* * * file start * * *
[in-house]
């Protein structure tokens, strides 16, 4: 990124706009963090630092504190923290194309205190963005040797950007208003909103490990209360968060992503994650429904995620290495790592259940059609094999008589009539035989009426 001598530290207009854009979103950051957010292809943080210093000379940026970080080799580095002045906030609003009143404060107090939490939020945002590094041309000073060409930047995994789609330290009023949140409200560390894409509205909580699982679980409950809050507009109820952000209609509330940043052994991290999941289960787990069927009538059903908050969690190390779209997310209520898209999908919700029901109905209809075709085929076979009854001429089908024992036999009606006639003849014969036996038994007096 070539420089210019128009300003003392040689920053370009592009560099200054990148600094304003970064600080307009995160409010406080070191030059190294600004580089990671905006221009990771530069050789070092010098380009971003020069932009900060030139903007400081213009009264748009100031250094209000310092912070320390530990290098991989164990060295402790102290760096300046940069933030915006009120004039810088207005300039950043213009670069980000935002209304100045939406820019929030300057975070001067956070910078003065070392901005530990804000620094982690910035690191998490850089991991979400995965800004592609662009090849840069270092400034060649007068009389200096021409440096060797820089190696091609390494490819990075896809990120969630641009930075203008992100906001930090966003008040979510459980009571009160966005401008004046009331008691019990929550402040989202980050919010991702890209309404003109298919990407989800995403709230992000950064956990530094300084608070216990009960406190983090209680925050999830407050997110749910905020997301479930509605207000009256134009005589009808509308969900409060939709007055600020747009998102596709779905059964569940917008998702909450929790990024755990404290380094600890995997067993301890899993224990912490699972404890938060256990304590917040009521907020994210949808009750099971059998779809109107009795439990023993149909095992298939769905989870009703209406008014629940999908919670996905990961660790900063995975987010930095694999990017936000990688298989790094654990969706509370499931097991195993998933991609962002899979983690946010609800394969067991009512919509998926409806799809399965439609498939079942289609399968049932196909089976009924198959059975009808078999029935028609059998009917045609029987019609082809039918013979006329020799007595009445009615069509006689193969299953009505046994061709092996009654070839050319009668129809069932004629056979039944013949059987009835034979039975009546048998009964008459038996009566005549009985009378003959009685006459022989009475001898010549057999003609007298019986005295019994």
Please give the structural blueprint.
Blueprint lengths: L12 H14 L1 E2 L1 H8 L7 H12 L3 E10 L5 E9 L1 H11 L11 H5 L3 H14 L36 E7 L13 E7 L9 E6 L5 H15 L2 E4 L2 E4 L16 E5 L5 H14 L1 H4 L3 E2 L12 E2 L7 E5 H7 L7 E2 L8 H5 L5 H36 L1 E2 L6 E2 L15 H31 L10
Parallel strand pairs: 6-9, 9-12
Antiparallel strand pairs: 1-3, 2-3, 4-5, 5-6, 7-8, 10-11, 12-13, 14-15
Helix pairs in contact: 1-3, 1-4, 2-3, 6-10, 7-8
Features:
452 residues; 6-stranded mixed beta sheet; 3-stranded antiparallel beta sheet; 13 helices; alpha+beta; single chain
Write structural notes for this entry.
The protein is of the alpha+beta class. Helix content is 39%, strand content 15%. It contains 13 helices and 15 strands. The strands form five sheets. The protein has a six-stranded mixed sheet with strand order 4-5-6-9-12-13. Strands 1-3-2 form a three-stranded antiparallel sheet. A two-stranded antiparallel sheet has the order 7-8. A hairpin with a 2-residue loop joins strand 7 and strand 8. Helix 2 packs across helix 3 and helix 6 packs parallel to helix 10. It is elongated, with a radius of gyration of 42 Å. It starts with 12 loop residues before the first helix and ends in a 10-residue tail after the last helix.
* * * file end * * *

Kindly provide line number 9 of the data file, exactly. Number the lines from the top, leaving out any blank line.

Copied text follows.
452 residues; 6-stranded mixed beta sheet; 3-stranded antiparallel beta sheet; 13 helices; alpha+beta; single chain